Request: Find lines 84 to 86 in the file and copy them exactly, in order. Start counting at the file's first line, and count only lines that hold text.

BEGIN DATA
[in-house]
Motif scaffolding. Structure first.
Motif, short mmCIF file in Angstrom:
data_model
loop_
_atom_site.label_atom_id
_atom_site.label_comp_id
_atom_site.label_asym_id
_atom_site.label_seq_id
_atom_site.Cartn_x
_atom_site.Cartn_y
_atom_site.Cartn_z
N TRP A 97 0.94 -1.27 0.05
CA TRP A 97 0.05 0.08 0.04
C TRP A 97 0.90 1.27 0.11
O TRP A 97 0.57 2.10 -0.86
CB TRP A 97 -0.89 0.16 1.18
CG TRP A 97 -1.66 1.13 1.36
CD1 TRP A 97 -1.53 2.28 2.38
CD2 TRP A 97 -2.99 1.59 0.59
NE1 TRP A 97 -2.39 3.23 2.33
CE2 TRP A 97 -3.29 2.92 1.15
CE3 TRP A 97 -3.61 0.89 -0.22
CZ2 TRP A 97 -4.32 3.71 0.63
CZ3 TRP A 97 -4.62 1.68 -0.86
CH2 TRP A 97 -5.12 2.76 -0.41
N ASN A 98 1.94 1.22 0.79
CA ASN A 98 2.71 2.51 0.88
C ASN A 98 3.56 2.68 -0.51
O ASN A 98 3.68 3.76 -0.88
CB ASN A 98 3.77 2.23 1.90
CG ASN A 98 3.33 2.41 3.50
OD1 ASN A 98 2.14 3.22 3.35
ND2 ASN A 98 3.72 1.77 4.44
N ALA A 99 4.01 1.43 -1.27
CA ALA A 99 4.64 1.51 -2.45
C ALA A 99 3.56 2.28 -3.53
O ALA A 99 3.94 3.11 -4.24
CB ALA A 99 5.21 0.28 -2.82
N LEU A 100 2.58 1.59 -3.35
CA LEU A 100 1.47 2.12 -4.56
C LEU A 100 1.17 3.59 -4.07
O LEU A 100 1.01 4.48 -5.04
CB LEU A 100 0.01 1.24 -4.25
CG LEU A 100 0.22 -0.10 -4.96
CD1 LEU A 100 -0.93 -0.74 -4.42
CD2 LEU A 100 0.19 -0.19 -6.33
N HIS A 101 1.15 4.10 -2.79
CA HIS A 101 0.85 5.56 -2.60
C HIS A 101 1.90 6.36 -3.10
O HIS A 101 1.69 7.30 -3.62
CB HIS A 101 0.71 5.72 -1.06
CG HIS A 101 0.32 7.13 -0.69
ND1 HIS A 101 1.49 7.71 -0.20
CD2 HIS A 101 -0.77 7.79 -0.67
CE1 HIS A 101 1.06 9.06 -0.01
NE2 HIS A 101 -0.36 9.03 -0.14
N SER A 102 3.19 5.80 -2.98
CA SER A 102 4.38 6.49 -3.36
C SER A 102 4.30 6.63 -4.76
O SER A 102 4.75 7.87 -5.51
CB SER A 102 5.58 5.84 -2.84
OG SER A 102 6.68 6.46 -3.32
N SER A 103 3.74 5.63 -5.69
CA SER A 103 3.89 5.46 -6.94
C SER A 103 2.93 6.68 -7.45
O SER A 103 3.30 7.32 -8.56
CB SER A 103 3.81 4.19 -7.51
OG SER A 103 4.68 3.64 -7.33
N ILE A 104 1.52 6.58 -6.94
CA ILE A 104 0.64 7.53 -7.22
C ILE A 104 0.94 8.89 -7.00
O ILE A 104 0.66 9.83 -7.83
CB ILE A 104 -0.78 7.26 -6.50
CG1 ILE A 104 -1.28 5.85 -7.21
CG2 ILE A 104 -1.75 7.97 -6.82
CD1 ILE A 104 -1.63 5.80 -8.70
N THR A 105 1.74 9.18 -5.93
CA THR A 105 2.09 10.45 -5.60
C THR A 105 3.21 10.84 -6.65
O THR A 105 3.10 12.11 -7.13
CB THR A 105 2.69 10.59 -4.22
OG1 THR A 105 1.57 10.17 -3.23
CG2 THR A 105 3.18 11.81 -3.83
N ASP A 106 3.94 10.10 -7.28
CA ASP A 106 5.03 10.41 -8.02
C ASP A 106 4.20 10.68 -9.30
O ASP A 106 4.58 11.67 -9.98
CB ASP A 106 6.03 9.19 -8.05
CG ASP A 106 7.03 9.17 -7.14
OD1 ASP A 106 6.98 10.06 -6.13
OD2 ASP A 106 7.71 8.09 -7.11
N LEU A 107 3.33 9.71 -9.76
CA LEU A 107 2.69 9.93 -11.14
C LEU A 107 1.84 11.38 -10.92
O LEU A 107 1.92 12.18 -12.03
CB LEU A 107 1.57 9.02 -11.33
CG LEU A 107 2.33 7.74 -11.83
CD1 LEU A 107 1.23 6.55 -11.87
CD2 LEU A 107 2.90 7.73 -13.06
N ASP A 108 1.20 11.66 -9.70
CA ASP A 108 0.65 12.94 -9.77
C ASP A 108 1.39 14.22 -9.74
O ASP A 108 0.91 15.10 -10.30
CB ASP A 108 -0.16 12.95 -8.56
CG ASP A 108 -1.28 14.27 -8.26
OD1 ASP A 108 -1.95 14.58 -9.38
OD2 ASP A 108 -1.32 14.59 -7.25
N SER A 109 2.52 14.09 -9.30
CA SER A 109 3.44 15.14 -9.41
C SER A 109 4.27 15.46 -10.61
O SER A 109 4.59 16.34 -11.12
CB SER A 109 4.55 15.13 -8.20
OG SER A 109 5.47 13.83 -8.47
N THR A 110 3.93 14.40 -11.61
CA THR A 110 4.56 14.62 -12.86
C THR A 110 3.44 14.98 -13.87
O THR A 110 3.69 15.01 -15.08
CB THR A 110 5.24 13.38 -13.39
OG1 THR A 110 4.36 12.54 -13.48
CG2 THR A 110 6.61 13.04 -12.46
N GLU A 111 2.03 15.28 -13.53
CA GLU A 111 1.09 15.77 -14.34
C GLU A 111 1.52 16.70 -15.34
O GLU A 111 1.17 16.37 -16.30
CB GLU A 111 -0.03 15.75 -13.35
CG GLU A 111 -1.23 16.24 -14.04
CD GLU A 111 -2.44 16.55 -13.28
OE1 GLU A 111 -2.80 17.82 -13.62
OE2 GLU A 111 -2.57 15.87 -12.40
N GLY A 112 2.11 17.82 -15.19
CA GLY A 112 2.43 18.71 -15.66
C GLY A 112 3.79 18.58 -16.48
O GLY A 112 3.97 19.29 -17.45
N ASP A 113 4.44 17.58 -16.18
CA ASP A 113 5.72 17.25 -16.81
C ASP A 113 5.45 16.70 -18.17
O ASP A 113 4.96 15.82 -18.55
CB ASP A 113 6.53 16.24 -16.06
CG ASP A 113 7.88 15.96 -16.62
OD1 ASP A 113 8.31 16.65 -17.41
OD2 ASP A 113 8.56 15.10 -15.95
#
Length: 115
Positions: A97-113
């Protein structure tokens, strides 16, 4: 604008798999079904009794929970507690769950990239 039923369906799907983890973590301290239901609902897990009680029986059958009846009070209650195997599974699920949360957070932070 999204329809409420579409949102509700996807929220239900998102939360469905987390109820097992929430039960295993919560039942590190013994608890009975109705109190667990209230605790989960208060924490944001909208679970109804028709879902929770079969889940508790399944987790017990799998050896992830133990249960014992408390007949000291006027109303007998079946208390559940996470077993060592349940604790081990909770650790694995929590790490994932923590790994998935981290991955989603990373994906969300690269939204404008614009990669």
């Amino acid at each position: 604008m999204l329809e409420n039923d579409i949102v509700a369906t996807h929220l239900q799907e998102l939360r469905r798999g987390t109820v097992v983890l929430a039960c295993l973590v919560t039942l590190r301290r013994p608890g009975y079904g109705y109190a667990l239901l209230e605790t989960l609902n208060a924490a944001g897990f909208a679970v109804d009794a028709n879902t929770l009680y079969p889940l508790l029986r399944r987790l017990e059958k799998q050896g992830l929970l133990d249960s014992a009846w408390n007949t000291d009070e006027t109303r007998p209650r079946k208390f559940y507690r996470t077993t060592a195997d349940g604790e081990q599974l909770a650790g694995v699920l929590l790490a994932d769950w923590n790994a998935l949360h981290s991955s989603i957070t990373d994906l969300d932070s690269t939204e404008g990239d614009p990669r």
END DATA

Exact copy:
CG2 THR A 105 3.18 11.81 -3.83
N ASP A 106 3.94 10.10 -7.28
CA ASP A 106 5.03 10.41 -8.02